I had suggested to me by shop staff on the weekend to consider the model up from the bike I'm interested in, to which I replied "if you provide the extra $1.5k to pay the difference". There's usually a reason you have a budget, sometimes shop people need to understand that.

    Happy shopping.

    Matt
     
  7. ahmondjai

    ahmondjai New Member

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    alright, thanks for all of those opinions, I went to a shop yesterday, with scott bikes, the sales was telling me the same things, so, how do you compare the frames for scott, avanti and giant?they are all within my budget~~~~

    looks like I'm getting my bike soon, and I'll be joinning the force of mountain biking~~~~


     
  8. ahmondjai

    ahmondjai New Member

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    most shops I went to, most of their sale stocks are all gone, which one have you got and from where, mind telling?? so that, I can have a look over there??

     
  9. Proteus2000

    Proteus2000 New Member

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    I am currently borrowing a ex girl friends hybrid bike.
    Looking for a new bicycle. Specs .in order of importance
    Price : $900-1300
    Gears : 24+ (Shimano Deore or better)
    Type : Light Hybrid or Road. i.e 700cc Wheels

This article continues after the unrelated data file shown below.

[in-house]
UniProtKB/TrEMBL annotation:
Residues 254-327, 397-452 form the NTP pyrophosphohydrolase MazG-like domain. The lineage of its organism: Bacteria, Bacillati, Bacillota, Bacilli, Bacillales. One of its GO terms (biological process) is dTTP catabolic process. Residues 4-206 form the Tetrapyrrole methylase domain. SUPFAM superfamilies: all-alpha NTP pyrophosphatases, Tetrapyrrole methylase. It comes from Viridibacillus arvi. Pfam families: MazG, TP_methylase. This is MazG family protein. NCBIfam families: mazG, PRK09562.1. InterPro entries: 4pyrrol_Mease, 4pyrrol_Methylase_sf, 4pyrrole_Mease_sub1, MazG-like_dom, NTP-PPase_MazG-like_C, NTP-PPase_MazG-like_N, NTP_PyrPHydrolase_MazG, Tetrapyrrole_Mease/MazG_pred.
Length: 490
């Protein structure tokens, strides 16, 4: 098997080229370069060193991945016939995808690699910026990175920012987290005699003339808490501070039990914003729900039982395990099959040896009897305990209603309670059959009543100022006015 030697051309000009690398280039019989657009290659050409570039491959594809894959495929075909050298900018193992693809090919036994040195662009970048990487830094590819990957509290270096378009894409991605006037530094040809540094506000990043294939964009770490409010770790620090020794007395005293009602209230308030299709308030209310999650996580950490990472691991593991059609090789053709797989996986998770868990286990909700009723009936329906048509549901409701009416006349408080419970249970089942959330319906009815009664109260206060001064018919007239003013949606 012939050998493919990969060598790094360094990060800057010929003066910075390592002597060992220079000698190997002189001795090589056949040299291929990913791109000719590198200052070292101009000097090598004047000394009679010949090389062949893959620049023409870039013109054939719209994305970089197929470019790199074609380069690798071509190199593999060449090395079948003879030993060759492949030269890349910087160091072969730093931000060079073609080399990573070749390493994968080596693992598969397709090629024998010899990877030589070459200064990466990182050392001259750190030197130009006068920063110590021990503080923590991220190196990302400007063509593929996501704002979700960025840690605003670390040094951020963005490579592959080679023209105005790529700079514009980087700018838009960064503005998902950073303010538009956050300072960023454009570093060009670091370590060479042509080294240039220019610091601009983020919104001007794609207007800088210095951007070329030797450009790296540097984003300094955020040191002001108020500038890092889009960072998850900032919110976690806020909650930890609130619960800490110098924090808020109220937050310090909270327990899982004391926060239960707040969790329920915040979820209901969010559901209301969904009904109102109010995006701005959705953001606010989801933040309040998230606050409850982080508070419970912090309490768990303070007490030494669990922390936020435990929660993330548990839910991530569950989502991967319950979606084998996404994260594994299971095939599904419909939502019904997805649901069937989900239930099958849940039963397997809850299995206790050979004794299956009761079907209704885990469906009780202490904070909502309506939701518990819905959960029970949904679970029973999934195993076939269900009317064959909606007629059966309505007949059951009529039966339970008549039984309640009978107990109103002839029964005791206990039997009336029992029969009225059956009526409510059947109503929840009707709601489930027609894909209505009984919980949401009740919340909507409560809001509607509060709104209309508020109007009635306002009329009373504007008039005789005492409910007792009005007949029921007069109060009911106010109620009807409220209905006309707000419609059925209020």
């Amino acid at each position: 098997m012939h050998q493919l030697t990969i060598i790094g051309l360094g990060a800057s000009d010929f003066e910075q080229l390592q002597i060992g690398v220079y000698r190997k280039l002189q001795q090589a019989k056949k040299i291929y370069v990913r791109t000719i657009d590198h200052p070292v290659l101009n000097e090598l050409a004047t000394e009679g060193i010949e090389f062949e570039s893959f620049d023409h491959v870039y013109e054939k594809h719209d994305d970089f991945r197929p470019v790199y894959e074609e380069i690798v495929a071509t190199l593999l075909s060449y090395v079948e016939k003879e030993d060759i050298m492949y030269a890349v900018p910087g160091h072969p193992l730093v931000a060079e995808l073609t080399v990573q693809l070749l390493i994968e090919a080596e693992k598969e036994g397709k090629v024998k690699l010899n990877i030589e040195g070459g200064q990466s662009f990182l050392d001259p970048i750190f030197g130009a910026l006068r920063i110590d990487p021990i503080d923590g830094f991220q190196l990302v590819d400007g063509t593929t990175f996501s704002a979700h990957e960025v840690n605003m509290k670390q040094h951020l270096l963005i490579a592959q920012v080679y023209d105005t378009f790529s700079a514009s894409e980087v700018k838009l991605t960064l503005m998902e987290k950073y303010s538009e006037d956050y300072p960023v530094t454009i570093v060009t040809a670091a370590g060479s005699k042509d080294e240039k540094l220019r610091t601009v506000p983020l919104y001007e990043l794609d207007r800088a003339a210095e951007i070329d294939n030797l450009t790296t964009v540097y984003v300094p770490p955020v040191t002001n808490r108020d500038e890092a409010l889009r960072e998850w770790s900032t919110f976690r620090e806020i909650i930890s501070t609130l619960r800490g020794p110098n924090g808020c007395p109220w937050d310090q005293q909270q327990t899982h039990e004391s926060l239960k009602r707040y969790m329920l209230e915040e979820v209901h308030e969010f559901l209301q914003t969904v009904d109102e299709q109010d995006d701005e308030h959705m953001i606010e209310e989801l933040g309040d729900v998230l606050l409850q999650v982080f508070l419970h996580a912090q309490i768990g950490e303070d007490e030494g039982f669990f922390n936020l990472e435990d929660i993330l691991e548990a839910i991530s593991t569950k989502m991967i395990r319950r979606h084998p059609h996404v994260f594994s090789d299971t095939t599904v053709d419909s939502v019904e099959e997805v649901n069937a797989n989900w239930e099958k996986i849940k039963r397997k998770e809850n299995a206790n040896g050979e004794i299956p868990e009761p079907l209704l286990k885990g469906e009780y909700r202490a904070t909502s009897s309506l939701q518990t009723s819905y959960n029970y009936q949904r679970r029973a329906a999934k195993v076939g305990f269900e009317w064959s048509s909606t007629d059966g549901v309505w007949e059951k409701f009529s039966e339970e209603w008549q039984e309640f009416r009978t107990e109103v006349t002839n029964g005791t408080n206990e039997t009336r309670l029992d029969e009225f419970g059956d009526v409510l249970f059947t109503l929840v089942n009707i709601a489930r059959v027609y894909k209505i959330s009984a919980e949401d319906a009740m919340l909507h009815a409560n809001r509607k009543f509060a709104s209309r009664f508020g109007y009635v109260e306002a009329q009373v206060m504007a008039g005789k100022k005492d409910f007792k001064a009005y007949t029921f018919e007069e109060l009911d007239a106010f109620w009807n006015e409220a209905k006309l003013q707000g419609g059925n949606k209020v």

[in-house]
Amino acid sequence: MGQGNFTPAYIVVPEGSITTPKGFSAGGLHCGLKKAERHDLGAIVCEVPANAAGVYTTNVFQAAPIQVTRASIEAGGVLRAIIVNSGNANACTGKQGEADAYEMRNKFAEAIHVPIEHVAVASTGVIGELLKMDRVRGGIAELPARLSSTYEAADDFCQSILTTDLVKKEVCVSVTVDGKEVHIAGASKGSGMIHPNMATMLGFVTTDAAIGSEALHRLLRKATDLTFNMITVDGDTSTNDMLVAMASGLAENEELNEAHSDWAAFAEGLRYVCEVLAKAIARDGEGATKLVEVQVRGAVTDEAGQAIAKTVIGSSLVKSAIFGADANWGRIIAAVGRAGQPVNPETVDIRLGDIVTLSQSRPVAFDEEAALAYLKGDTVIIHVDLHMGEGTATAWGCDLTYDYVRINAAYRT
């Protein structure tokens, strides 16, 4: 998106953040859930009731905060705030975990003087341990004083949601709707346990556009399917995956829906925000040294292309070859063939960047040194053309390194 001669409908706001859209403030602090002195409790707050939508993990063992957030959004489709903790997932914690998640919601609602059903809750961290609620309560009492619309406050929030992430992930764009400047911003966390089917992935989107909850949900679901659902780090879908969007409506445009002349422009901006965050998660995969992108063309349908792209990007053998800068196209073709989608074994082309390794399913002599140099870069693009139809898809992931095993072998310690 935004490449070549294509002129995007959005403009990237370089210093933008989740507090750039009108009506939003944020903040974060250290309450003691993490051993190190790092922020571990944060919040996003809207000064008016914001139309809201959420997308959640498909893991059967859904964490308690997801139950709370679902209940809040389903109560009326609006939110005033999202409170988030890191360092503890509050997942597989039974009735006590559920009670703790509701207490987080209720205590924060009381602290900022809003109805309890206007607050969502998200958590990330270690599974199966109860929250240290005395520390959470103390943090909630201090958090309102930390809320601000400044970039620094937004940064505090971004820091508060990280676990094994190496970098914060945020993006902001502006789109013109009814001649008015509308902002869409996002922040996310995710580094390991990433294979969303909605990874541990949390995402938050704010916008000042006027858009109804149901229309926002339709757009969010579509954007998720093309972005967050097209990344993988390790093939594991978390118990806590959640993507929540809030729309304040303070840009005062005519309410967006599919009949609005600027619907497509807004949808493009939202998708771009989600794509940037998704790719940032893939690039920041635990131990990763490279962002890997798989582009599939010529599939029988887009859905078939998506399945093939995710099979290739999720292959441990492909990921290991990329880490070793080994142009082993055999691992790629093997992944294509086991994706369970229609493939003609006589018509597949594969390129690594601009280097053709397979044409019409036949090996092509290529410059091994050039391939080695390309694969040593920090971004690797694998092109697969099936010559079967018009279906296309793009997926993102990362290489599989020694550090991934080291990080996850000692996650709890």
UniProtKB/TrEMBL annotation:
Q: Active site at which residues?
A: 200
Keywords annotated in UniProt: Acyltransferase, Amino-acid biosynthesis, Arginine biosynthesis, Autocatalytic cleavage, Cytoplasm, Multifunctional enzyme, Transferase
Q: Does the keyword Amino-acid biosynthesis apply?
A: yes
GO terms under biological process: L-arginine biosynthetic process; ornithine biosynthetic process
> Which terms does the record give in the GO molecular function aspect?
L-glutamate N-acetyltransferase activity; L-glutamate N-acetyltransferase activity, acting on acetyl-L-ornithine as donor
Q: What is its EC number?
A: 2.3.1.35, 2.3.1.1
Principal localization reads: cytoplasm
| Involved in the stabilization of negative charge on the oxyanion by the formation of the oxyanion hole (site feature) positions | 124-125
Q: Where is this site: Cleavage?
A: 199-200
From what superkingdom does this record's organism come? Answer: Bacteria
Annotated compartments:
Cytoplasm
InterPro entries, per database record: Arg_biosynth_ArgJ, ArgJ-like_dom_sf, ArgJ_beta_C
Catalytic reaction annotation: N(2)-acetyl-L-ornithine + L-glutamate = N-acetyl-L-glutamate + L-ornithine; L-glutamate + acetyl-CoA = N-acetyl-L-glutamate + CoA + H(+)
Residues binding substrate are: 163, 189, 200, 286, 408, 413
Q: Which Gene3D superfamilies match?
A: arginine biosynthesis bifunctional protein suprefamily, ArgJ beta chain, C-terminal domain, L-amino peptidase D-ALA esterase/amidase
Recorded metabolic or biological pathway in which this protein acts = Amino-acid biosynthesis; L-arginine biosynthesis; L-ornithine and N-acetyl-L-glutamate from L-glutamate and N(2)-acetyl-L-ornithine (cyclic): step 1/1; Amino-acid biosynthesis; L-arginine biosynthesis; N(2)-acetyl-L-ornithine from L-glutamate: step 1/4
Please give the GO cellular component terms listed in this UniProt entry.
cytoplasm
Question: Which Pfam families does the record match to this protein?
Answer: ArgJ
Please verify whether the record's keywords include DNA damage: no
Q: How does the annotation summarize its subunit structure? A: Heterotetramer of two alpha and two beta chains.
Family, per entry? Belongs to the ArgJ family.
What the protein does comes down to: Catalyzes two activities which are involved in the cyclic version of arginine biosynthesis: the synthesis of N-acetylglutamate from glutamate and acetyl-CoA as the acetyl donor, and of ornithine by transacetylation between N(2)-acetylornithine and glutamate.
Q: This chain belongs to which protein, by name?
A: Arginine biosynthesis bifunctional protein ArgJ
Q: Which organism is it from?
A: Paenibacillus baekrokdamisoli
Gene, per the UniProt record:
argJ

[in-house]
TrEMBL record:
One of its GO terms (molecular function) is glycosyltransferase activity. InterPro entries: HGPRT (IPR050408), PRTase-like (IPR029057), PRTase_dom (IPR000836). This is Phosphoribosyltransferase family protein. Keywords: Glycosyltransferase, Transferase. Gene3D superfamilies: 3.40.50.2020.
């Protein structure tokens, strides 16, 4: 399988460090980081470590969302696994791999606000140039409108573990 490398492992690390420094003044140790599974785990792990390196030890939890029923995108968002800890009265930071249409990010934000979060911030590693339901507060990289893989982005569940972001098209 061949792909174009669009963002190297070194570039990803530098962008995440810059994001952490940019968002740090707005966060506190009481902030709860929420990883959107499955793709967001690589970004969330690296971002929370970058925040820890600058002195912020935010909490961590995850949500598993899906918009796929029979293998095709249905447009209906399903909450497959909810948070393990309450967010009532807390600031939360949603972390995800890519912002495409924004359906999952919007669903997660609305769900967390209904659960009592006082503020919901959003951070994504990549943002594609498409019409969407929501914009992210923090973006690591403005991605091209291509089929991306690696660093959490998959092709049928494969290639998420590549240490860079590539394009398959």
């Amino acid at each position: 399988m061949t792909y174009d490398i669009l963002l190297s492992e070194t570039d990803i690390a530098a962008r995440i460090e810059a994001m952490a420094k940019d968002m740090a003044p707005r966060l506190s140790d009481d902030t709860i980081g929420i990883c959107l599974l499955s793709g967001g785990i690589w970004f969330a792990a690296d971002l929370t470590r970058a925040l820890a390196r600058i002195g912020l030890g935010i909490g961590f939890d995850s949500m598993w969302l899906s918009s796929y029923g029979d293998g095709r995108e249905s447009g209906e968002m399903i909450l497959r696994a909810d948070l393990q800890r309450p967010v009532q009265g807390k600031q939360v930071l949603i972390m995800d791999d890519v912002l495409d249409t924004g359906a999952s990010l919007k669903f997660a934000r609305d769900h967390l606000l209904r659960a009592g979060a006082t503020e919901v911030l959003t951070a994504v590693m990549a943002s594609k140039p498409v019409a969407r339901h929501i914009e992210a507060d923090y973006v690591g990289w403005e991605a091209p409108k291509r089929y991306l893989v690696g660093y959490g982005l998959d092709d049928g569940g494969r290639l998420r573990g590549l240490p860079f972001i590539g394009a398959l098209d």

Weight : Lighter the better. (9 - 13kg)
    Forks : Lockable Suspension or Raked[Curved] (NOT Straight Forks too hard on hands)
    Wheels : Marvic or equivalent
    Brakes : are disc brakes better than Rim Brakes??

    Use on road and Melbourne bicycle paths (up to 100 Km rides).
    Why do I hate straight forks without Suspension. Do not like moving from
    Foot paths to roads. Jars the hands too much.

    Some Brand/Models I have been looking at
    Giant -- Perigee ~$1200 (No disc Brakes)
    Giant -- Talon ~$1245 (with Disc Brakes)


    Have about 3 weeks to look around Test and evaluate

    Does anybody Newsagent or Person have a copy of Bicycle Australia's 2006 Buyers guide. Is this worth getting a copy of. Have been looking for one.
    But Mooney Ponds newsagent sold last copy a couple of weeks ago


    Thanks for any help in advance

    Cheers James P.